The development of the explicit recognition of facial expressions of emotions can be affected by childhood maltreatment experiences. A previous study demonstrated the existence of an explicit recognition bias for angry facial expressions among a population of adolescent Sierra Leonean street-boys exposed to high levels of maltreatment. In the present study, the recognition bias for angry facial expressions was investigated in a younger population of street-children and age-matched controls. Participants performed a forced-choice facial expressions recognition task. Recognition bias was measured as participants' tendency to over-attribute anger label to other negative facial expressions. Participants' heart rate was assessed and related to their behavioral performance, as index of their stressrelated physiological responses. Results demonstrated the presence of a recognition bias for angry facial expressions among street-children, also pinpointing a similar, although significantly less pronounced, tendency among controls. Participants' performance was controlled for age, cognitive and educational levels and for naming skills. None of these variables influenced the recognition bias for angry facial expressions. Differently, a significant effect of heart rate on participants' tendency to use anger label was evidenced. Taken together, these results suggest that childhood exposure to maltreatment experiences amplifies children's "pre-existing bias" for anger labeling in forced-choice emotion recognition task. Moreover, they strengthen the thesis according to which the recognition bias for angry facial expressions is a manifestation of a functional adaptive mechanism that tunes victim's perceptive and attentive focus on salient environmental social stimuli.

Impact of childhood maltreatment on the recognition of facial expressions of emotions / Ardizzi, M.; Martini, F.; Umilta, M. A.; Evangelista, V.; Ravera, R.; Gallese, V.. - In: PLOS ONE. - ISSN 1932-6203. - 10:10(2015), p. e0141732. [10.1371/journal.pone.0141732]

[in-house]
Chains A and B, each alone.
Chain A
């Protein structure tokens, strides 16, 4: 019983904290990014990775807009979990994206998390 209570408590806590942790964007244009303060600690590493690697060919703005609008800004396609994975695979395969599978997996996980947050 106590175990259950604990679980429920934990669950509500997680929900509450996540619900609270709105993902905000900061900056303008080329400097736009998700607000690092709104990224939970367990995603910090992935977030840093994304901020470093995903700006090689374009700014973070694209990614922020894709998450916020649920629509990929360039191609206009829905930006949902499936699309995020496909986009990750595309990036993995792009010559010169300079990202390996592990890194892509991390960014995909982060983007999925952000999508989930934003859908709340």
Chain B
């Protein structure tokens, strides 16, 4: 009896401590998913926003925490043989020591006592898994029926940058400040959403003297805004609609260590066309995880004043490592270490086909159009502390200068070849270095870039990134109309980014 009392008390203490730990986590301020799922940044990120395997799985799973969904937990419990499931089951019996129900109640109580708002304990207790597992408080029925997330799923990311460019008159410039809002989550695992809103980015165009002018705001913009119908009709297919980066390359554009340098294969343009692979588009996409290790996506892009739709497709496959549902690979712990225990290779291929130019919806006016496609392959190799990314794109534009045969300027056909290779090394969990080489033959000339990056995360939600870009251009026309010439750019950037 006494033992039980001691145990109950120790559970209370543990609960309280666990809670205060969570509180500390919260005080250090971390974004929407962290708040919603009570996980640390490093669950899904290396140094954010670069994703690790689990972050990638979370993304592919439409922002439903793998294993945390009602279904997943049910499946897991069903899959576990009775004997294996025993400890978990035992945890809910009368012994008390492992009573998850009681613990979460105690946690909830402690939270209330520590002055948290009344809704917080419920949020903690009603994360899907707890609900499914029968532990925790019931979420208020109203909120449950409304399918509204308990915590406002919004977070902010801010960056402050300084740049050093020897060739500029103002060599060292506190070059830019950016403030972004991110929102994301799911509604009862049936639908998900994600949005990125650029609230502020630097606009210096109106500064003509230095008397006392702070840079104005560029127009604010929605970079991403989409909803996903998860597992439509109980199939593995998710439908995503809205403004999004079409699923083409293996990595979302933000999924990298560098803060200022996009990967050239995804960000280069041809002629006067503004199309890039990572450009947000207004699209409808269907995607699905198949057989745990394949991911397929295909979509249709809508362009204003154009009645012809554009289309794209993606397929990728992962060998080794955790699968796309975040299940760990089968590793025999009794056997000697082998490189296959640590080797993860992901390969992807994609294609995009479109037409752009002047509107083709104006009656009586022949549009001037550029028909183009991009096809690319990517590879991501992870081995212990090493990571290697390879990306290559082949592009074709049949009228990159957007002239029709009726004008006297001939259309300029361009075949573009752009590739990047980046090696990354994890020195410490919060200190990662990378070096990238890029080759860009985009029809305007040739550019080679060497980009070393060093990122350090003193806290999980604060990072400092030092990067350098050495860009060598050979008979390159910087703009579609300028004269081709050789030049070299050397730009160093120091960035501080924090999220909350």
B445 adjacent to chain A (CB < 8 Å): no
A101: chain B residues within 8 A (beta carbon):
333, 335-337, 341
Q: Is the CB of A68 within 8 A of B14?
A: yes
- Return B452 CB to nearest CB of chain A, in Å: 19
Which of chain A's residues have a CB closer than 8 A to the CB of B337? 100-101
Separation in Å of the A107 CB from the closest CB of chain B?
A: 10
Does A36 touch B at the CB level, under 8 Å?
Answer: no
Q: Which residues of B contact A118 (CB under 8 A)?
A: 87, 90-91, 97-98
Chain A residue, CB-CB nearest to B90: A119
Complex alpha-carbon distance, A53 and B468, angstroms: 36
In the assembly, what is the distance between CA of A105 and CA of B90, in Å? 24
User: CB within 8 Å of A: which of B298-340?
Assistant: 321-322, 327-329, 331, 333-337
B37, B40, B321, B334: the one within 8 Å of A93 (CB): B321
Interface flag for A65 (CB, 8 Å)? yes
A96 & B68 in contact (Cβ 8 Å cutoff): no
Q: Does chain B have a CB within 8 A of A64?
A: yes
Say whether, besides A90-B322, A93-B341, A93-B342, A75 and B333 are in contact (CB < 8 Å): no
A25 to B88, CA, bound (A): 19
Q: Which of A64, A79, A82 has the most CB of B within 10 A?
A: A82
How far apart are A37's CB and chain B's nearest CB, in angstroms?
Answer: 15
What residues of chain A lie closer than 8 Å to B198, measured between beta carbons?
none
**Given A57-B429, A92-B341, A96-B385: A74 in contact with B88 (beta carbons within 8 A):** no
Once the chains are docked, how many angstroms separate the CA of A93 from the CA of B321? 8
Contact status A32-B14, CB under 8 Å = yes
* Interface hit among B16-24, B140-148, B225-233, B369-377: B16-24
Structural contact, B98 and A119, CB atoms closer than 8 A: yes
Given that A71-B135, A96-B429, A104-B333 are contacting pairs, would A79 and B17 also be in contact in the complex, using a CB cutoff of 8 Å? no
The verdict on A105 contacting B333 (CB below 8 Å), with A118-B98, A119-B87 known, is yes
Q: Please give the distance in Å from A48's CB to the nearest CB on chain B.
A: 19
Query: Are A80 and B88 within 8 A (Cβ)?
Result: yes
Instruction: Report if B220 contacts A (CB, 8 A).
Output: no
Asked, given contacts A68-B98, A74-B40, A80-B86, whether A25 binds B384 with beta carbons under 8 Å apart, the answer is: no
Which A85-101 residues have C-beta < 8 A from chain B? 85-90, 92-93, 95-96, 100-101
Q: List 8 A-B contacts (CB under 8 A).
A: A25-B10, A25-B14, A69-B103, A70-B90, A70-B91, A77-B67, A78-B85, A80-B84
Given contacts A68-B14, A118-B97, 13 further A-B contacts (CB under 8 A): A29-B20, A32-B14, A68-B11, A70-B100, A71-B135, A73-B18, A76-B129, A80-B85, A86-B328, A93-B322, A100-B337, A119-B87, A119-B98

Impact of childhood maltreatment on the recognition of facial expressions of emotions

Ardizzi M.;Martini F.;Umilta M. A.;Gallese V.
2015

Abstract

The development of the explicit recognition of facial expressions of emotions can be affected by childhood maltreatment experiences. A previous study demonstrated the existence of an explicit recognition bias for angry facial expressions among a population of adolescent Sierra Leonean street-boys exposed to high levels of maltreatment. In the present study, the recognition bias for angry facial expressions was investigated in a younger population of street-children and age-matched controls. Participants performed a forced-choice facial expressions recognition task. Recognition bias was measured as participants' tendency to over-attribute anger label to other negative facial expressions. Participants' heart rate was assessed and related to their behavioral performance, as index of their stressrelated physiological responses. Results demonstrated the presence of a recognition bias for angry facial expressions among street-children, also pinpointing a similar, although significantly less pronounced, tendency among controls. Participants' performance was controlled for age, cognitive and educational levels and for naming skills. None of these variables influenced the recognition bias for angry facial expressions. Differently, a significant effect of heart rate on participants' tendency to use anger label was evidenced. Taken together, these results suggest that childhood exposure to maltreatment experiences amplifies children's "pre-existing bias" for anger labeling in forced-choice emotion recognition task. Moreover, they strengthen the thesis according to which the recognition bias for angry facial expressions is a manifestation of a functional adaptive mechanism that tunes victim's perceptive and attentive focus on salient environmental social stimuli.
Impact of childhood maltreatment on the recognition of facial expressions of emotions / Ardizzi, M.; Martini, F.; Umilta, M. A.; Evangelista, V.; Ravera, R.; Gallese, V.. - In: PLOS ONE. - ISSN 1932-6203. - 10:10(2015), p. e0141732. [10.1371/journal.pone.0141732]
File in questo prodotto:
Non ci sono file associati a questo prodotto.

I documenti in IRIS sono protetti da copyright e tutti i diritti sono riservati, salvo diversa indicazione.

Utilizza questo identificativo per citare o creare un link a questo documento: http://hdl.handle.net/11381/2879825
Citazioni
  • ???jsp.display-item.citation.pmc??? ND
  • Scopus 29
  • ???jsp.display-item.citation.isi??? 24
social impact